Area: Lifecycle consumption and saving, macroeconomics, finance, econophysics
Office: BUS 620
Phone: (435) 797-2316
T. Scott Findley, PhD, Colorado State University
Area: Pension design within the context of life-cycle consumption, saving theory
Office: BUS 612
Phone: (435) 797-2371
John Gilbert, PhD, University of Auckland
Vernon Maughan Buehler and MaRee C. Buehler Professor
Area: International trade theory and policy, applied general equilibrium modeling, development economics
Office: BUS 604
Phone: (435) 797-2314
Terry Glover, PhD, Purdue University
Area: Production economics and policy
Office: BUS 607
Phone: (435) 797-2297
Dwight Israelsen, PhD, Massachusetts Institute of Technology
Director of International Academic Initiatives
Area: Comparative systems, economic history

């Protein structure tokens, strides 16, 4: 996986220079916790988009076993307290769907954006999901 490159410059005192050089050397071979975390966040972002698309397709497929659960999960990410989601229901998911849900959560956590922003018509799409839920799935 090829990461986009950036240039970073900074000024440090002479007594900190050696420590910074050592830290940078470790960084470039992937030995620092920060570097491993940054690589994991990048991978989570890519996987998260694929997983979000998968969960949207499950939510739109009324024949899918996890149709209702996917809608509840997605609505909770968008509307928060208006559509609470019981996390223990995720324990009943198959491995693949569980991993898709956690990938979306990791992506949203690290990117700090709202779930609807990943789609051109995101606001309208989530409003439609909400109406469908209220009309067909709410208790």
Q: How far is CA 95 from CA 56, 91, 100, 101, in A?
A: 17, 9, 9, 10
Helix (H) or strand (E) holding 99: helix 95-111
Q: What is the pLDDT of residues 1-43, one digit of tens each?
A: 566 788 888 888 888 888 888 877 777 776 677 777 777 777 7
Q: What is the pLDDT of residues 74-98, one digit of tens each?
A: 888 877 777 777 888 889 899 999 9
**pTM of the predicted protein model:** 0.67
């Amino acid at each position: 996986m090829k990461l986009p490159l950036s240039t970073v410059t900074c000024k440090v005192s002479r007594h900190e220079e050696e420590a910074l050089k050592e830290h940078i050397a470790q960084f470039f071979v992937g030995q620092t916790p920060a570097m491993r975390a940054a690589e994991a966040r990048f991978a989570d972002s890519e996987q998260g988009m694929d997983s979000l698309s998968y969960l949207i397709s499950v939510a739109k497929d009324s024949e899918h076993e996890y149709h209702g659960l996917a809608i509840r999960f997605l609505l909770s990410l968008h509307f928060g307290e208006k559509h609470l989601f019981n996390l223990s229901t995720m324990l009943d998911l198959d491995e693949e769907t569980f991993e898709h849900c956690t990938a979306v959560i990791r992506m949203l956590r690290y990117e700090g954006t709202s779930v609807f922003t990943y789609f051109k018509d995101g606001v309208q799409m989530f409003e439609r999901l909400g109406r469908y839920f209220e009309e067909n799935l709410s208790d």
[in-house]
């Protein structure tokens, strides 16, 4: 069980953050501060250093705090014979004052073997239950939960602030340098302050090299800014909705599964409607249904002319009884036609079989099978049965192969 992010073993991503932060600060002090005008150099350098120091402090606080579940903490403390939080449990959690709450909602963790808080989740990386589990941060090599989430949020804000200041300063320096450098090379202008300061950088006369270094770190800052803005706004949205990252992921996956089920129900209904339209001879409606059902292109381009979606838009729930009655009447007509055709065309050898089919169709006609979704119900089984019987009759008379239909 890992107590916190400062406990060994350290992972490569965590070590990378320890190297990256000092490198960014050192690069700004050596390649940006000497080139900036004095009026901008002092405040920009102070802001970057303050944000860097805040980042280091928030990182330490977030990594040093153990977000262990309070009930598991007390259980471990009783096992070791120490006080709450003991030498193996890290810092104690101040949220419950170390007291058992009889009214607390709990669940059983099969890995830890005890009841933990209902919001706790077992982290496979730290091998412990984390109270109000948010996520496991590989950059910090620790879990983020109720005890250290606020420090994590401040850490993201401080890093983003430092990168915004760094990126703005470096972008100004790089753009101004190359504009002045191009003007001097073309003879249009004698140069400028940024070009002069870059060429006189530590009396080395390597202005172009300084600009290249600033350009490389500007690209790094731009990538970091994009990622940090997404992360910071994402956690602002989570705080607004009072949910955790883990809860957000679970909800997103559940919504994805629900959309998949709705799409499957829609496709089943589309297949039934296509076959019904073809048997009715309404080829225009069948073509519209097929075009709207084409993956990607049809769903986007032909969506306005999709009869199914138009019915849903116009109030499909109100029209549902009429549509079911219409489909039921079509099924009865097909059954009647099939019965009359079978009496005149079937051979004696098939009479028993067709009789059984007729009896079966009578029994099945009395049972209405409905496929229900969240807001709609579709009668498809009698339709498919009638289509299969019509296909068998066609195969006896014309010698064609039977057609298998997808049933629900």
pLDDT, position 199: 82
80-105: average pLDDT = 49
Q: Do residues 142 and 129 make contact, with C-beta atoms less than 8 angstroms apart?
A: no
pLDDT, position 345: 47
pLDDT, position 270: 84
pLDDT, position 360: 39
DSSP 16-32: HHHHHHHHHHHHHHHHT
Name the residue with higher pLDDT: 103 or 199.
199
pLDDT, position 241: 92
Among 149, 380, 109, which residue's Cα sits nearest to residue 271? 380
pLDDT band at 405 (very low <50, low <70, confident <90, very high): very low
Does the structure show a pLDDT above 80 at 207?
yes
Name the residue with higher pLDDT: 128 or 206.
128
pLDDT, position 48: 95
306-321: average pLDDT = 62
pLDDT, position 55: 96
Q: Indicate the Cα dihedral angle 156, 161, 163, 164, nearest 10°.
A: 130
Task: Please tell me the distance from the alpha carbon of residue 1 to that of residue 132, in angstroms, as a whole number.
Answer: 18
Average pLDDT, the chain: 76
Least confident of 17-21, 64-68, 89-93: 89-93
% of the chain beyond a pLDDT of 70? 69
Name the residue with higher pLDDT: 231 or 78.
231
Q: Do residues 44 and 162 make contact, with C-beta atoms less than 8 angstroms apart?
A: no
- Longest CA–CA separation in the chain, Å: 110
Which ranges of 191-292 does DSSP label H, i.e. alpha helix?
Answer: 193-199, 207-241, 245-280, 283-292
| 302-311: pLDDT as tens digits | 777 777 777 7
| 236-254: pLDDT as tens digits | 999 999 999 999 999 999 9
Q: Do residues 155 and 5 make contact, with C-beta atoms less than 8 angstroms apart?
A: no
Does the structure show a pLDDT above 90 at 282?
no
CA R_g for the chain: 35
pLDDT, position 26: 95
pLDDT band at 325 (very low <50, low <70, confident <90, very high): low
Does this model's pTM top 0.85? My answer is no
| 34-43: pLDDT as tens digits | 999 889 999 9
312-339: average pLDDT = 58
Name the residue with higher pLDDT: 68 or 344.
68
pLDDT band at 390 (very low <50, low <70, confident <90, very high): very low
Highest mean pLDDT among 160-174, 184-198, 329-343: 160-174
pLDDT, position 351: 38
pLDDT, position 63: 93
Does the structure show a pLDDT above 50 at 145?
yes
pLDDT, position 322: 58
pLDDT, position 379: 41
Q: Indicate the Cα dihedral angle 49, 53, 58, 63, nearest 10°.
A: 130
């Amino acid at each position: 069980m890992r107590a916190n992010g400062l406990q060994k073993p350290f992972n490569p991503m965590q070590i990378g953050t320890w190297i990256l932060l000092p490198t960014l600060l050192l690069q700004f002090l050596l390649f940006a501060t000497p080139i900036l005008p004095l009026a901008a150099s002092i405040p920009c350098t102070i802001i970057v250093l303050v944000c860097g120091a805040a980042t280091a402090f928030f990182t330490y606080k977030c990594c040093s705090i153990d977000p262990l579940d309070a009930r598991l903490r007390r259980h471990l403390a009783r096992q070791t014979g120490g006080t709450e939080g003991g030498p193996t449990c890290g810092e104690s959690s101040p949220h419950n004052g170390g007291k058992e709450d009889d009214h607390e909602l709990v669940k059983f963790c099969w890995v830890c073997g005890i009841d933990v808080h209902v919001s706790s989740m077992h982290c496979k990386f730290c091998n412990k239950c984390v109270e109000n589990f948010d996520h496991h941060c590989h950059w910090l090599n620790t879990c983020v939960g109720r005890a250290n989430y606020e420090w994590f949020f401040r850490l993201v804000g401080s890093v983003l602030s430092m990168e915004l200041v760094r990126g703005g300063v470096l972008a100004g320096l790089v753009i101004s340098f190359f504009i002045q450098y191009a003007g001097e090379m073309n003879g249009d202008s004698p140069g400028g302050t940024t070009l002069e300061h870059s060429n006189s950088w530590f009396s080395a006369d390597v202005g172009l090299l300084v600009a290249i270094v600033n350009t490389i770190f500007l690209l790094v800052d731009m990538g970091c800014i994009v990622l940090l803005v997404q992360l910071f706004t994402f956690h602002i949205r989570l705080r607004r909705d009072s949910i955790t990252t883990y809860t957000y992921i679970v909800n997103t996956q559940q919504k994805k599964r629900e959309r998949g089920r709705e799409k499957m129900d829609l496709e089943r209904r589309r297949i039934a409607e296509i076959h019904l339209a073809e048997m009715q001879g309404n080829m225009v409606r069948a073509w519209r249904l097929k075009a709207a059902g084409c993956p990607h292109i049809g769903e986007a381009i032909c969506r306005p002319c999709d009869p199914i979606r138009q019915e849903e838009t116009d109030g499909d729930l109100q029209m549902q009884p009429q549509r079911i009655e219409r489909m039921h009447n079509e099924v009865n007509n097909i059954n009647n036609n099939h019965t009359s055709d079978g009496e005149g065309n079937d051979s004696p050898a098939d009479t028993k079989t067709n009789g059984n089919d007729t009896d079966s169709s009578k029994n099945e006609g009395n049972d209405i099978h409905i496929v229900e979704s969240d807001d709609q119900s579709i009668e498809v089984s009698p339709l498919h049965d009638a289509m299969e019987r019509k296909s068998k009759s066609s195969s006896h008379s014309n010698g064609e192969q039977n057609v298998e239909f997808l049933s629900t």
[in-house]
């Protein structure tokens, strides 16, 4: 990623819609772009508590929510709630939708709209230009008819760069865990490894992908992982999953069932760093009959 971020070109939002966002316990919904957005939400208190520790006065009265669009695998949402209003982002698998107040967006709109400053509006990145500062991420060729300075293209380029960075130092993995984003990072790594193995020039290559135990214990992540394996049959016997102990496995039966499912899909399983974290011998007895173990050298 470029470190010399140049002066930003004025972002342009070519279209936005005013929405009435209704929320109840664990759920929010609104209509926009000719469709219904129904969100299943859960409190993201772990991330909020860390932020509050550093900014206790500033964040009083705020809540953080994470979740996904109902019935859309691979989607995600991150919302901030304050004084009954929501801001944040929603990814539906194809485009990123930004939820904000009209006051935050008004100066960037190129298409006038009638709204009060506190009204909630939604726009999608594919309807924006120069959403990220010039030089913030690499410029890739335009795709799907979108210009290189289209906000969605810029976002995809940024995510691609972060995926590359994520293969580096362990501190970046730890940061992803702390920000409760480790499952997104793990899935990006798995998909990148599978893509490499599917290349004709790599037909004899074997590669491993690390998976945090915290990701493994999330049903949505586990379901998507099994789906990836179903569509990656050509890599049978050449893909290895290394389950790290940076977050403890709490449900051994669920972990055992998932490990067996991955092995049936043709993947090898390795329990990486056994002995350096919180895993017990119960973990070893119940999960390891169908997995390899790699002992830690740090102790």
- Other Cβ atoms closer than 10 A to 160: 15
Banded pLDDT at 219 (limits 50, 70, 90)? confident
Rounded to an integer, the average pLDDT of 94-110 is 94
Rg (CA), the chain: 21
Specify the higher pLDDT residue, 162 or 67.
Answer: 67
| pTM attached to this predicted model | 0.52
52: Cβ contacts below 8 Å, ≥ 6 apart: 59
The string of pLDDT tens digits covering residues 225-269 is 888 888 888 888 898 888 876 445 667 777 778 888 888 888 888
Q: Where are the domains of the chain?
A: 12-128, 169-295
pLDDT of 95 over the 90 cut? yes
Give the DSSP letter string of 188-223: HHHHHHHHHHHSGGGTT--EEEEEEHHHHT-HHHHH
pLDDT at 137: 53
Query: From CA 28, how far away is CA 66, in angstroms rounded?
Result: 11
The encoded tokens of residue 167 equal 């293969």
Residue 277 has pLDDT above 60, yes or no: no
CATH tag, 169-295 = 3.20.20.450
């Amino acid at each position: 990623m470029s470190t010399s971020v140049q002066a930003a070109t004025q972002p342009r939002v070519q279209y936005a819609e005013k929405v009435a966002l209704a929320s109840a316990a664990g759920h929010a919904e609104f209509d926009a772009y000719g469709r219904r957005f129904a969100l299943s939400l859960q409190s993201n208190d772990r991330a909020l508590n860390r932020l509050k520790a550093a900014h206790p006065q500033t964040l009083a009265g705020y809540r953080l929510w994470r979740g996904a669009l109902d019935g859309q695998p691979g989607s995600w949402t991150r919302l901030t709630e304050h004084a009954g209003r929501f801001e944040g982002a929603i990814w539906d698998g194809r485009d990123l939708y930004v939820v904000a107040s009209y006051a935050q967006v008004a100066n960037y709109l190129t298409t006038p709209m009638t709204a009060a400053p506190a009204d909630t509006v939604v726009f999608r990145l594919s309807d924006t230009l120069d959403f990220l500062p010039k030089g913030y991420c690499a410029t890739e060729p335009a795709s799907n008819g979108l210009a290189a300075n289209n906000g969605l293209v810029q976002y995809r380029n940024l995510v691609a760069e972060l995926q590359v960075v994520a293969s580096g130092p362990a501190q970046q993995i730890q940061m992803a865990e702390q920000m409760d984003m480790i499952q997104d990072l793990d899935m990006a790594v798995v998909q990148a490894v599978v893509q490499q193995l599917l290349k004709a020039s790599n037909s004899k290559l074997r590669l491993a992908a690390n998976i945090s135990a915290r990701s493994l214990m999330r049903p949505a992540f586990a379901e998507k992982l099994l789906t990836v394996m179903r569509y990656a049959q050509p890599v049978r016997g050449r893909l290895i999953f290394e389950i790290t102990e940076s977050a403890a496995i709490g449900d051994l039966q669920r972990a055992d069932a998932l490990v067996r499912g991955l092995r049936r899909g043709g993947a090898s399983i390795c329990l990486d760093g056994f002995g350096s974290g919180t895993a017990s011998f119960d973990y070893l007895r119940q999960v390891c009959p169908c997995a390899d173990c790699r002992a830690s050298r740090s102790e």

Office: BUS 608
Phone: (435) 797-2298
Austin Kwag, PhD, University of Tennassee - Knoxville
Area: Investments, corporate finance
Office: BUS 605
Phone: (435) 797-2361
Robert Malko, PhD, Purdue University
Area: Corporate and energy utility finance
Office: BUS 606
Phone: (435) 797-2363
Craig Petersen, PhD, Stanford University
Area: Regulation and antitrust and managerial economics
Office: MAIN 302
Phone: (435) 797-0004
Shannon Peterson, PhD, The Ohio State University
Clinical Assistant Professor
Area: History of economics, political science, international relations and trade
Office: BUS 309
Phone: (435) 797-3966
Randy Simmons, PhD, University of Oregon
Area: Environmental politics and policy, public choice
Office: BUS 618
Phone: (435) 797-1310
Alan Stephens, PhD, University of Utah
Area: Corporate finance, systems thinking, investments
Office: BUS 806
Phone: (435) 797-2367
Diana Thomas, PhD, George Mason University